Honors Program


Date of this Version


Document Type



Dockery, K. 2024. Using CRISPR-Cas9 Gene Editing to Investigate the Function of Six Inflorescence Candidate Genes in Sorghum. Undergraduate Honors Thesis. University of Nebraska-Lincoln


Copyright Kevin Dockery 2024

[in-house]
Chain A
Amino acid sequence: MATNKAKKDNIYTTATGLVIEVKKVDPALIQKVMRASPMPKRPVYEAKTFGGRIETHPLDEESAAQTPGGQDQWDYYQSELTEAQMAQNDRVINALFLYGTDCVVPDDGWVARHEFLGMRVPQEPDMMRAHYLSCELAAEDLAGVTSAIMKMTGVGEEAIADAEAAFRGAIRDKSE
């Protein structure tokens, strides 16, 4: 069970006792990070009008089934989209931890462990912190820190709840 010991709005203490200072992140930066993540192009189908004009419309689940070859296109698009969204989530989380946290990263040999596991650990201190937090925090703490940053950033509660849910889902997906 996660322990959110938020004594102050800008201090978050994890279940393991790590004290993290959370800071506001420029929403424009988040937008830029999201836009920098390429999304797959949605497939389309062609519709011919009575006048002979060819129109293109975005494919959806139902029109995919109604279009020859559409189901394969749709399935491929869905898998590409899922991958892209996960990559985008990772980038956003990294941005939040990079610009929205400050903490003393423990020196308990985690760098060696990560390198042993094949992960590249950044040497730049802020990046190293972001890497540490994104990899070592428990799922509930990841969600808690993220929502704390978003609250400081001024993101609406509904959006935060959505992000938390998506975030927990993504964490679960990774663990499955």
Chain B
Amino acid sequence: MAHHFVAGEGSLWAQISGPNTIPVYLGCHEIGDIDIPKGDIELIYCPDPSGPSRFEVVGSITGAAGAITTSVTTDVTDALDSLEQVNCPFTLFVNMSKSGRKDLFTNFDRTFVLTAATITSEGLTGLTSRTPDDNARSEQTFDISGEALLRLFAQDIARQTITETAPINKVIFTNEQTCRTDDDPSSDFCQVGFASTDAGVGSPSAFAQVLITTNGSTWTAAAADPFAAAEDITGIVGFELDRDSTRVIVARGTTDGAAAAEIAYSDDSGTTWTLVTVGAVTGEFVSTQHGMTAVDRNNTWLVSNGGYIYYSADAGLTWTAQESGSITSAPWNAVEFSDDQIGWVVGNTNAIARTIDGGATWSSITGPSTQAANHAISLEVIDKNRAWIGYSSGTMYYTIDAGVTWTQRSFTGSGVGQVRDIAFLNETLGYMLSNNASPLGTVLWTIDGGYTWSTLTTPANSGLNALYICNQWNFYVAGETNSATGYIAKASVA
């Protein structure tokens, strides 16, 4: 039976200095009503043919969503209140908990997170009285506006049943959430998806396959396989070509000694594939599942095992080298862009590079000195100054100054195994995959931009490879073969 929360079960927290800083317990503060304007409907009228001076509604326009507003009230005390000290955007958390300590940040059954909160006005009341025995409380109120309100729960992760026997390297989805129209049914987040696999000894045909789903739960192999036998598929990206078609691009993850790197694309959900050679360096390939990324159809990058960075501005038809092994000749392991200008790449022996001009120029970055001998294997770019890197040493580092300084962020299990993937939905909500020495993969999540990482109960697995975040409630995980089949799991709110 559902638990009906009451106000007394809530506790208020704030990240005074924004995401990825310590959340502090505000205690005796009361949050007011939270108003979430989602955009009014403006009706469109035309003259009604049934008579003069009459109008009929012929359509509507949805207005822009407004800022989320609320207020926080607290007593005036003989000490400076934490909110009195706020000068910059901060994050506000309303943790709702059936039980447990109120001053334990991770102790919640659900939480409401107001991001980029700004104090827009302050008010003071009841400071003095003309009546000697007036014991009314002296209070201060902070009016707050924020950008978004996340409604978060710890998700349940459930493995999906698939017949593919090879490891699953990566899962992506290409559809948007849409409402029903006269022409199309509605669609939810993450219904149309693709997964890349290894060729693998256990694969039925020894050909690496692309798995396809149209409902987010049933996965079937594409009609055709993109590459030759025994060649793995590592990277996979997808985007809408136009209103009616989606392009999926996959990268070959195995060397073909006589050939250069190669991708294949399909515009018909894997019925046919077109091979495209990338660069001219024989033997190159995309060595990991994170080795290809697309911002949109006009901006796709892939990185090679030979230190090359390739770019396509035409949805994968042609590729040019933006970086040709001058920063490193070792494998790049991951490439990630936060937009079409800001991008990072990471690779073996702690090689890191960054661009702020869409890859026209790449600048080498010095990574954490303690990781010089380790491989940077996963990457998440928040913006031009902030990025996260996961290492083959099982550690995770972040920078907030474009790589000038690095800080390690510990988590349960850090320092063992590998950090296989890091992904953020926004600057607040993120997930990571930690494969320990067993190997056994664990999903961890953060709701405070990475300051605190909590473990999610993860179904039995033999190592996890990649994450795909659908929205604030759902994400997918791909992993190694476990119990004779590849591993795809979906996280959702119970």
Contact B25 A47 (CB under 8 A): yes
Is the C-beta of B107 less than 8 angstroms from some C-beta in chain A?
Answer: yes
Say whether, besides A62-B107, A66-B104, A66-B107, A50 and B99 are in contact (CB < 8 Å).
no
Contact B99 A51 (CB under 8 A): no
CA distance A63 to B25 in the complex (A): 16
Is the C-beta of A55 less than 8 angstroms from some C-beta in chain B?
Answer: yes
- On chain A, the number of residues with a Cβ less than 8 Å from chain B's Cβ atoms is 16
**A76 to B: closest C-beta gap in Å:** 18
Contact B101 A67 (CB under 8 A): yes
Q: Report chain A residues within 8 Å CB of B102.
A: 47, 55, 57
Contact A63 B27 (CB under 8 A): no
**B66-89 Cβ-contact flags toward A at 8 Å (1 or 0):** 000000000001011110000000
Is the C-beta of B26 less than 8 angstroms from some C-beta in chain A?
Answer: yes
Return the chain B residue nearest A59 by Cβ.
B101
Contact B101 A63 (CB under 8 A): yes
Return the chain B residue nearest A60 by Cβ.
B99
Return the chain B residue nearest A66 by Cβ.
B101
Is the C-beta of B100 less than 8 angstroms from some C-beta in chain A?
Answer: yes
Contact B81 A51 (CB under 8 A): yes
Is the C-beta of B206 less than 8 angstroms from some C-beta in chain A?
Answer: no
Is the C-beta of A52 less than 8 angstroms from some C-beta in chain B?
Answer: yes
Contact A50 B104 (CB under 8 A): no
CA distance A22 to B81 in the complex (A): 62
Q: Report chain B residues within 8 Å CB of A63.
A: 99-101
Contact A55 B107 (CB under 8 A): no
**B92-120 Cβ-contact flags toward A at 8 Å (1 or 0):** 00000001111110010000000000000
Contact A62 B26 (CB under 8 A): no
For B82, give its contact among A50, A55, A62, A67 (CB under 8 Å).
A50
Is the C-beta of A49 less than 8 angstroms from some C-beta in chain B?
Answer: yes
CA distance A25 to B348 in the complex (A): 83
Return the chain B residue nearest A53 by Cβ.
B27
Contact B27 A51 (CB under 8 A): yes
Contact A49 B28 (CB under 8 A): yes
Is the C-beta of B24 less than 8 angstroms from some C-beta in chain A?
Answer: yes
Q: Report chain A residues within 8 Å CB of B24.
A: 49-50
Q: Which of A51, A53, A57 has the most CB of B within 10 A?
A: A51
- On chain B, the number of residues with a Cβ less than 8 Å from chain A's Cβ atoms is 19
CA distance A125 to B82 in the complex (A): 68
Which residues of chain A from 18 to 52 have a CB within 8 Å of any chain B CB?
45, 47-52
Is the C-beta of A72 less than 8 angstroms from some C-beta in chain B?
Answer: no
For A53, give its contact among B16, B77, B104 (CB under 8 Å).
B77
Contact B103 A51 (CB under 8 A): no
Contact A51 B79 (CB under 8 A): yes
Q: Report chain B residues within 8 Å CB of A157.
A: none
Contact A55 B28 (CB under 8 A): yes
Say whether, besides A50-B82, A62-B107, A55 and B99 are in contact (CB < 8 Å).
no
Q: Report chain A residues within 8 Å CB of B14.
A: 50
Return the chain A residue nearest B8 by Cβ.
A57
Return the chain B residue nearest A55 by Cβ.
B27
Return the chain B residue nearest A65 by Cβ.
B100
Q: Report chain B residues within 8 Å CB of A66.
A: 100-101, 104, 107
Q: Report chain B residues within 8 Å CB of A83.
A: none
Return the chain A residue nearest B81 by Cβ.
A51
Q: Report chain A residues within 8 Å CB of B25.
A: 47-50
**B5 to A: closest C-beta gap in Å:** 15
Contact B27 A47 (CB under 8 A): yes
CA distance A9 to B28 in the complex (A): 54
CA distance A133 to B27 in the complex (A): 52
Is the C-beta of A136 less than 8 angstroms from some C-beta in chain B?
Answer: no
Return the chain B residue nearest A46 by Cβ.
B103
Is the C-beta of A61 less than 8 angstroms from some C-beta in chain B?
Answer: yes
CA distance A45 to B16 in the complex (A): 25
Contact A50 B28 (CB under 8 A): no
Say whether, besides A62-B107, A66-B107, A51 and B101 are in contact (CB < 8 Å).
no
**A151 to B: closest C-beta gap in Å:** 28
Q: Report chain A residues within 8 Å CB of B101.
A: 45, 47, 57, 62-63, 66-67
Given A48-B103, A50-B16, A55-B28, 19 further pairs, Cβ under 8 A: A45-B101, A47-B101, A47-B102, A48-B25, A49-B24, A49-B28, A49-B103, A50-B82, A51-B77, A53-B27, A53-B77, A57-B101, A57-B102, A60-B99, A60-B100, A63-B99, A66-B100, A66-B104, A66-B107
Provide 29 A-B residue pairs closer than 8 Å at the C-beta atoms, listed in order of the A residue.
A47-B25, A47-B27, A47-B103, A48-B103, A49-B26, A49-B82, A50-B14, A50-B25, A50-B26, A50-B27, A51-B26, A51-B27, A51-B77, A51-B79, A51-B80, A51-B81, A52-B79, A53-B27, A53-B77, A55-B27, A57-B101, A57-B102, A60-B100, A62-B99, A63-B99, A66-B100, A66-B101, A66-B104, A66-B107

Sorghum is a vital crop for food and biofuel production, and much is still unknown surrounding the genetics behind its floral development. Distinct genetic similarities with maize allow genes that are similar in sequence and location to inflorescence genes in maize to be identified. Six genes with the potential to influence the growth, development, and inflorescence architecture in sorghum were identified based on similarities to maize and edited using CRISPR-Cas9 to determine their function. Ten edited T1 sorghum lines were subsequently grown, phenotyped, and genotyped. Three genes in total have significant edits present within them: Sobic.001G199200, Sobic.001G119200, and Sobic.003G300800. All three of these genes have well-characterized homologues in maize, and the functions of these homologous genes within both plants are similar, having diverse and potent impacts in sorghum growth and development. Further research needs to be done in order to better characterize the function of these genes, both for their influence in growth and development, as well as stress resilience.